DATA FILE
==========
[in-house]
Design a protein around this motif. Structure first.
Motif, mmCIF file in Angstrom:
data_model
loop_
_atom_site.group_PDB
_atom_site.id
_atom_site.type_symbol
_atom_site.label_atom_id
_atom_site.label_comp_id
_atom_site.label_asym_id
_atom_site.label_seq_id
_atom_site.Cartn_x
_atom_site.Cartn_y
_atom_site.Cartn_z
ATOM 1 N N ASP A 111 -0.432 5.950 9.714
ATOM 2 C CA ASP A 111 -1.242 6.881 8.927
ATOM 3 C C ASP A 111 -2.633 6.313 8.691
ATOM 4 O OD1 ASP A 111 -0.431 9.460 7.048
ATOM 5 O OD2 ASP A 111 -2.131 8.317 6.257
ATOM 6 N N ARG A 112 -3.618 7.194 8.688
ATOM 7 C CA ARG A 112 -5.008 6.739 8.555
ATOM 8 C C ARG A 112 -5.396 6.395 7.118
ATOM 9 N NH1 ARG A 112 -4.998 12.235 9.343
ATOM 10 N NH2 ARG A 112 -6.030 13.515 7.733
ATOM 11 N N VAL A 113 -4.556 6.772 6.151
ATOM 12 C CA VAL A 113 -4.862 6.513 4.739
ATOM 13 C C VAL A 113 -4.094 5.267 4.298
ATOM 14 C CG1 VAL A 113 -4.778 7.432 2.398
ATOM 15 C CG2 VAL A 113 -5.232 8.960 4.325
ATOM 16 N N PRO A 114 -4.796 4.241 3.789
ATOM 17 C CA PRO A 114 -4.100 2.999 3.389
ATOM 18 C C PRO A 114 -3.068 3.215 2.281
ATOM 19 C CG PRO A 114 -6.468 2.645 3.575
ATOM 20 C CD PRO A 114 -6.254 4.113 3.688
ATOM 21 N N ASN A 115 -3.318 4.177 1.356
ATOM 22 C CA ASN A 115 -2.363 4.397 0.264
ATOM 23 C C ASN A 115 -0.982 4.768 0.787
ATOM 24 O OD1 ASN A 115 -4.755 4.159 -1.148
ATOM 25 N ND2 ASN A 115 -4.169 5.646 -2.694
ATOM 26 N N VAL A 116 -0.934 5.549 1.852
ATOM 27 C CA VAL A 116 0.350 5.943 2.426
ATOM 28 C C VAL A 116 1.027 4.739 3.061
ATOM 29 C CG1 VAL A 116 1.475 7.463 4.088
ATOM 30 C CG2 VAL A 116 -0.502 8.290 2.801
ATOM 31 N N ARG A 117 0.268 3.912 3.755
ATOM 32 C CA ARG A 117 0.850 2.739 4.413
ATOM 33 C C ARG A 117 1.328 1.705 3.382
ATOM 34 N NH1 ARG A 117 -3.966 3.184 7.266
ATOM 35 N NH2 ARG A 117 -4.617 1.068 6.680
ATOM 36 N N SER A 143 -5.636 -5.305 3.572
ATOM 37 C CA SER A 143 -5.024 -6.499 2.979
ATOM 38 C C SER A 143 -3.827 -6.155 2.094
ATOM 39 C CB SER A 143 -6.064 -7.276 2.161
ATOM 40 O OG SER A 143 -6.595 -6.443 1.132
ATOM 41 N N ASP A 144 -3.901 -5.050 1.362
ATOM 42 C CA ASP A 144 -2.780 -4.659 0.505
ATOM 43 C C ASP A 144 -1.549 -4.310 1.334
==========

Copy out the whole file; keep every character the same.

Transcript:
[in-house]
Design a protein around this motif. Structure first.
Motif, mmCIF file in Angstrom:
data_model
loop_
_atom_site.group_PDB
_atom_site.id
_atom_site.type_symbol
_atom_site.label_atom_id
_atom_site.label_comp_id
_atom_site.label_asym_id
_atom_site.label_seq_id
_atom_site.Cartn_x
_atom_site.Cartn_y
_atom_site.Cartn_z
ATOM 1 N N ASP A 111 -0.432 5.950 9.714
ATOM 2 C CA ASP A 111 -1.242 6.881 8.927
ATOM 3 C C ASP A 111 -2.633 6.313 8.691
ATOM 4 O OD1 ASP A 111 -0.431 9.460 7.048
ATOM 5 O OD2 ASP A 111 -2.131 8.317 6.257
ATOM 6 N N ARG A 112 -3.618 7.194 8.688
ATOM 7 C CA ARG A 112 -5.008 6.739 8.555
ATOM 8 C C ARG A 112 -5.396 6.395 7.118
ATOM 9 N NH1 ARG A 112 -4.998 12.235 9.343
ATOM 10 N NH2 ARG A 112 -6.030 13.515 7.733
ATOM 11 N N VAL A 113 -4.556 6.772 6.151
ATOM 12 C CA VAL A 113 -4.862 6.513 4.739
ATOM 13 C C VAL A 113 -4.094 5.267 4.298
ATOM 14 C CG1 VAL A 113 -4.778 7.432 2.398
ATOM 15 C CG2 VAL A 113 -5.232 8.960 4.325
ATOM 16 N N PRO A 114 -4.796 4.241 3.789
ATOM 17 C CA PRO A 114 -4.100 2.999 3.389
ATOM 18 C C PRO A 114 -3.068 3.215 2.281
ATOM 19 C CG PRO A 114 -6.468 2.645 3.575
ATOM 20 C CD PRO A 114 -6.254 4.113 3.688
ATOM 21 N N ASN A 115 -3.318 4.177 1.356
ATOM 22 C CA ASN A 115 -2.363 4.397 0.264
ATOM 23 C C ASN A 115 -0.982 4.768 0.787
ATOM 24 O OD1 ASN A 115 -4.755 4.159 -1.148
ATOM 25 N ND2 ASN A 115 -4.169 5.646 -2.694
ATOM 26 N N VAL A 116 -0.934 5.549 1.852
ATOM 27 C CA VAL A 116 0.350 5.943 2.426
ATOM 28 C C VAL A 116 1.027 4.739 3.061
ATOM 29 C CG1 VAL A 116 1.475 7.463 4.088
ATOM 30 C CG2 VAL A 116 -0.502 8.290 2.801
ATOM 31 N N ARG A 117 0.268 3.912 3.755
ATOM 32 C CA ARG A 117 0.850 2.739 4.413
ATOM 33 C C ARG A 117 1.328 1.705 3.382
ATOM 34 N NH1 ARG A 117 -3.966 3.184 7.266
ATOM 35 N NH2 ARG A 117 -4.617 1.068 6.680
ATOM 36 N N SER A 143 -5.636 -5.305 3.572
ATOM 37 C CA SER A 143 -5.024 -6.499 2.979
ATOM 38 C C SER A 143 -3.827 -6.155 2.094
ATOM 39 C CB SER A 143 -6.064 -7.276 2.161
ATOM 40 O OG SER A 143 -6.595 -6.443 1.132
ATOM 41 N N ASP A 144 -3.901 -5.050 1.362
ATOM 42 C CA ASP A 144 -2.780 -4.659 0.505
ATOM 43 C C ASP A 144 -1.549 -4.310 1.334